Commodity-exporting countries have benefited amid a global jump in energy and agricultural commodity prices. Brazil gets a chance to seriously boost its oil sales to the US amid a supply embargo from Russia. Though net oil exporters, the states must buy significant amounts of heavy crude to run their refineries. Until 2019, oil from Venezuela was used for the right blend, subsequently replaced by Russian crude. Now it is being replaced by oil from Brazil, which promises a significant increase in exports and supports the exchange rate of the Brazilian real.
The South African rand is in demand, receiving dividends from last year’s monetary tightening and a surge in metal prices since the start of the year. As most global markets look for alternatives to the Russian metal, the ZAR is enjoying demand from speculators in anticipation of increased exports from South Africa for political reasons.
We may well be seeing a global reversal in the attitude towards commodity exporters’ currencies, as even in the event of a military settlement, there is no expectation of a quick recovery of previous economic ties.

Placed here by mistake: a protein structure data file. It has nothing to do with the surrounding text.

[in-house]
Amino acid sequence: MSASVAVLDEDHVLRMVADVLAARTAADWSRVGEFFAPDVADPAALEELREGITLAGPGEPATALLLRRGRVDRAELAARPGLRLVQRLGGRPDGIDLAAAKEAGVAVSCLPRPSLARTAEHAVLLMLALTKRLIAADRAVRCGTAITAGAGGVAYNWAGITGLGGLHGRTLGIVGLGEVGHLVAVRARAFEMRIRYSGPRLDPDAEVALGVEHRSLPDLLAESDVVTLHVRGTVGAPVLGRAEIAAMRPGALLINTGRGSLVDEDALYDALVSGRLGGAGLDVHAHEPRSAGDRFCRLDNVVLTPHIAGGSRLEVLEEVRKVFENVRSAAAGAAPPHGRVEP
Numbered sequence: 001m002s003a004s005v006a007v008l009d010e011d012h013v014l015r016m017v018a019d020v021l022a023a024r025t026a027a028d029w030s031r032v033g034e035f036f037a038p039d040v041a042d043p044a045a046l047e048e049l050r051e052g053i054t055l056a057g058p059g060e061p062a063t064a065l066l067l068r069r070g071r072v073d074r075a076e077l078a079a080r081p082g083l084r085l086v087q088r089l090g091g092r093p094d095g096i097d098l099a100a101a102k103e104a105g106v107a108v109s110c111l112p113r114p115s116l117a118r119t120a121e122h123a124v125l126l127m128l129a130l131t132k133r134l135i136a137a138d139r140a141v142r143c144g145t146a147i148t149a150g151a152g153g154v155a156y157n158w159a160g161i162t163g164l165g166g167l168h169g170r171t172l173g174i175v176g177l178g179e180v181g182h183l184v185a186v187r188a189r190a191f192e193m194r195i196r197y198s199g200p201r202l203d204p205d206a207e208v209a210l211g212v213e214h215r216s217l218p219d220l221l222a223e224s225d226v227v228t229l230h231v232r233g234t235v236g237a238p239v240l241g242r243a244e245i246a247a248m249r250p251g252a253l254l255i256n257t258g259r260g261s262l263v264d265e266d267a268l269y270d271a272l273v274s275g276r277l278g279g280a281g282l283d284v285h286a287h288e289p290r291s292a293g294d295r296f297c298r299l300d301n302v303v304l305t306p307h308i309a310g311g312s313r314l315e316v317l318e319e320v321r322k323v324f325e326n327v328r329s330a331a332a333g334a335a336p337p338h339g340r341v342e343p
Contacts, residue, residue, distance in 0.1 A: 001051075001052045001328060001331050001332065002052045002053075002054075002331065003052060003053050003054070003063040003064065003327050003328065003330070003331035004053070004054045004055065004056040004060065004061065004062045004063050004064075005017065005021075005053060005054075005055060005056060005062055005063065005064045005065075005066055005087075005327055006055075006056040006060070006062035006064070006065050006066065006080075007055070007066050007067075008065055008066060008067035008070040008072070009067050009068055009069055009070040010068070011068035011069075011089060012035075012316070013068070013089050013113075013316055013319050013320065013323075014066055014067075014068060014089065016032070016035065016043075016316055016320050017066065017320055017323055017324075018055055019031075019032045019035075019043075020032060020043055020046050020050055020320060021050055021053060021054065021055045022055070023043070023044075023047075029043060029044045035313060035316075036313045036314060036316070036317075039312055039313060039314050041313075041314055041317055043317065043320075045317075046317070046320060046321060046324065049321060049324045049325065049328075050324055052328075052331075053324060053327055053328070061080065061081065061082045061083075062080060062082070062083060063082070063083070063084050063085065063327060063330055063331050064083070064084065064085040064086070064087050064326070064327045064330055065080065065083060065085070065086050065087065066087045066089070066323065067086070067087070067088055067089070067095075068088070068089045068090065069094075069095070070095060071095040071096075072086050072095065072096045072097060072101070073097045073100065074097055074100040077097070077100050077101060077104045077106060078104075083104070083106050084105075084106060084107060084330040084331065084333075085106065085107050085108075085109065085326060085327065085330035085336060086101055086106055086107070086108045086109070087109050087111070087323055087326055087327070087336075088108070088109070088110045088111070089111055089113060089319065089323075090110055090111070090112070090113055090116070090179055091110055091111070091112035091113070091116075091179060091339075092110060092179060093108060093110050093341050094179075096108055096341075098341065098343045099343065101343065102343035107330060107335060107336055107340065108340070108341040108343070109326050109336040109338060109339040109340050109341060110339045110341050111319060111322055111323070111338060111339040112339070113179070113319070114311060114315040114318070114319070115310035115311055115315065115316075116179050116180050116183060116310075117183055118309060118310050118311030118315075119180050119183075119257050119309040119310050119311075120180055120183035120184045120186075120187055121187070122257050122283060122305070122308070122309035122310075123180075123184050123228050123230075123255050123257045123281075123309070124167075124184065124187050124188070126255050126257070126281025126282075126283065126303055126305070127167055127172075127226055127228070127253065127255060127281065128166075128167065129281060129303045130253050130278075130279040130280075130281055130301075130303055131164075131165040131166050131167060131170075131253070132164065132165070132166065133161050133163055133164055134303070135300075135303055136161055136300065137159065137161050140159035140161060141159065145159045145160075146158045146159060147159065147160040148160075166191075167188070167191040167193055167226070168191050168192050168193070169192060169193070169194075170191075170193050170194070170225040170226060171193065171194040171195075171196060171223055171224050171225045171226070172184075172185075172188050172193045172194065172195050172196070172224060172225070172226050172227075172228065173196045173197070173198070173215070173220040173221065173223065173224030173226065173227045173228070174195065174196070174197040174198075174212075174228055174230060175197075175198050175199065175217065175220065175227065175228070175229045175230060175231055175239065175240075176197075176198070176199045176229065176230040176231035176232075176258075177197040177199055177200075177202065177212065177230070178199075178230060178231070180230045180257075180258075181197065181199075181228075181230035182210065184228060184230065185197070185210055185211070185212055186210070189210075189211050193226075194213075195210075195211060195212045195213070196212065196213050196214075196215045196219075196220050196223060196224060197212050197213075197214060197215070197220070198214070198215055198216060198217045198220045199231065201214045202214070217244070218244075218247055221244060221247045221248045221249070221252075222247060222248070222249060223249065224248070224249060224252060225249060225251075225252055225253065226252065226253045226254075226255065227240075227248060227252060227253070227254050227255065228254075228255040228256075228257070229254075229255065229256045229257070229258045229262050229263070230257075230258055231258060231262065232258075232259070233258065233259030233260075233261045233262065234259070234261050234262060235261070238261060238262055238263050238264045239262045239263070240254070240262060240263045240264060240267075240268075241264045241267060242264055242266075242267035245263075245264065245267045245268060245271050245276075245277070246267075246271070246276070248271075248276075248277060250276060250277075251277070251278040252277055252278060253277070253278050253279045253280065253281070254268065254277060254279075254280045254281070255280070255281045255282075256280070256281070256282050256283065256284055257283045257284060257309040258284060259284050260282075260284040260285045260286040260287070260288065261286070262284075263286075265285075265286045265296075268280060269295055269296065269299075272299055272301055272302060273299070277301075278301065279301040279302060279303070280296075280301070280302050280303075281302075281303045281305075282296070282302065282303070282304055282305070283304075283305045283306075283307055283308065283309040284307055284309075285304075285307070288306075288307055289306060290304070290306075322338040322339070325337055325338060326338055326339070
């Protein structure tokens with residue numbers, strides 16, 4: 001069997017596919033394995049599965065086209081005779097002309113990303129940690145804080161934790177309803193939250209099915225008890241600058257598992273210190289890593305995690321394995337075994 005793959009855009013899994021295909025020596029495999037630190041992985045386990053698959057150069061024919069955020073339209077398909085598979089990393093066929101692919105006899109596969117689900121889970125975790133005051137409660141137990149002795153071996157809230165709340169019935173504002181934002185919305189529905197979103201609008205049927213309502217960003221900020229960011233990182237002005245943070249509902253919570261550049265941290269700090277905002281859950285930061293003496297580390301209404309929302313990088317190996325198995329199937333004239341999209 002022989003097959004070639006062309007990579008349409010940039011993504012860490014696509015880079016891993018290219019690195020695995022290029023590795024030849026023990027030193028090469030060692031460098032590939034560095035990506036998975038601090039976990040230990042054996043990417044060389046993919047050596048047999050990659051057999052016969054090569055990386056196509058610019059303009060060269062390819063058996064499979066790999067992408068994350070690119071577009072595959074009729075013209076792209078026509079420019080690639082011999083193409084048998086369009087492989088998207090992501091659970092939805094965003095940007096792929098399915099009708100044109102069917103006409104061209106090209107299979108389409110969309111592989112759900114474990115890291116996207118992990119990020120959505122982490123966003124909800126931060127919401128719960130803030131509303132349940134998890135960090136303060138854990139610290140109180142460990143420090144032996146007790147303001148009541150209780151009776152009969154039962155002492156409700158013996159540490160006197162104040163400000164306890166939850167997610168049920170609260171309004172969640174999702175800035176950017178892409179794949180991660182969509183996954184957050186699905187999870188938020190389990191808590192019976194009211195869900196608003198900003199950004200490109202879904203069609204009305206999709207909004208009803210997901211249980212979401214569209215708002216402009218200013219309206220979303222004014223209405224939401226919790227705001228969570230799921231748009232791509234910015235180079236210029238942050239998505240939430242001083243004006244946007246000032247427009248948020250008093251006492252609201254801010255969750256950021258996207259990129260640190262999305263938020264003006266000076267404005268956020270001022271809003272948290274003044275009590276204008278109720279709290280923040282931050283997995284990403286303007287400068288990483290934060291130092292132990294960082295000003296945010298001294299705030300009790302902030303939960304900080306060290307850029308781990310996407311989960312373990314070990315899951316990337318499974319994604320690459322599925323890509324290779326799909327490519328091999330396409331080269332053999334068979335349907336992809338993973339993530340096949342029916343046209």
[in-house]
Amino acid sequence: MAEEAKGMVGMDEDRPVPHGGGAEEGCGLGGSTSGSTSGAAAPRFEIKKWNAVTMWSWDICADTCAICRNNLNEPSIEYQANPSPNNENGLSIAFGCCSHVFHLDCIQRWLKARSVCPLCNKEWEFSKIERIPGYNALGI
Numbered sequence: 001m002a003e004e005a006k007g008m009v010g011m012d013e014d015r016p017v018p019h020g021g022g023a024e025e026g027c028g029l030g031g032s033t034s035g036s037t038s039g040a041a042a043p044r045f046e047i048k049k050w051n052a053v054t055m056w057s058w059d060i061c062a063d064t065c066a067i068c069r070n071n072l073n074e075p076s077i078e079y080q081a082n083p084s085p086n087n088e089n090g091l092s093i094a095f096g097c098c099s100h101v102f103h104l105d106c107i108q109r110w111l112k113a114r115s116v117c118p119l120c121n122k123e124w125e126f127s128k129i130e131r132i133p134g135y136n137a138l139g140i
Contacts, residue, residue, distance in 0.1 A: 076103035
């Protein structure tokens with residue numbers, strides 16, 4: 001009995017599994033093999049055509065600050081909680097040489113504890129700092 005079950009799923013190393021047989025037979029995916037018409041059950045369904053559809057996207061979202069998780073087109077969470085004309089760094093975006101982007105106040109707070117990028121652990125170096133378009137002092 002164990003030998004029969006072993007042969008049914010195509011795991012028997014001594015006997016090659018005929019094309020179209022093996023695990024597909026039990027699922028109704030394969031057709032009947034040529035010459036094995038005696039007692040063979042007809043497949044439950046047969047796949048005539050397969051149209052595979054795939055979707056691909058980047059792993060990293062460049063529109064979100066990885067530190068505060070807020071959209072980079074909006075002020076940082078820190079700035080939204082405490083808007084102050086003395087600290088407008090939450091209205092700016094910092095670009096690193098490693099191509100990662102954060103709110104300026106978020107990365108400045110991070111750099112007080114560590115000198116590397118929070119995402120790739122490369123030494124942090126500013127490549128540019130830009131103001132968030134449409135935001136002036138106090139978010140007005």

At the other end of the spectrum are countries’ currencies that depend on imports of oil and agricultural products.
Egypt buys most of its wheat consumption from Russia and Ukraine, and rising prices severely damage the balance of payments. Egypt’s central bank has responded by tightening monetary policy to suppress inflation. But such steps tend to hurt economic growth.
Turkey imported almost all its gas from Russia and Azerbaijan and bought its wheat from Ukraine and Russia. Price jump and supply-chain disruptions will be costly for the economy and cause increased pressure on the Turkish lira.
In addition to the prospect of inflated import volumes, Turkey and Egypt face a severe drop in revenues from the tourism industry, as tourists from Russia and Ukraine have provided a significant flow of tourists.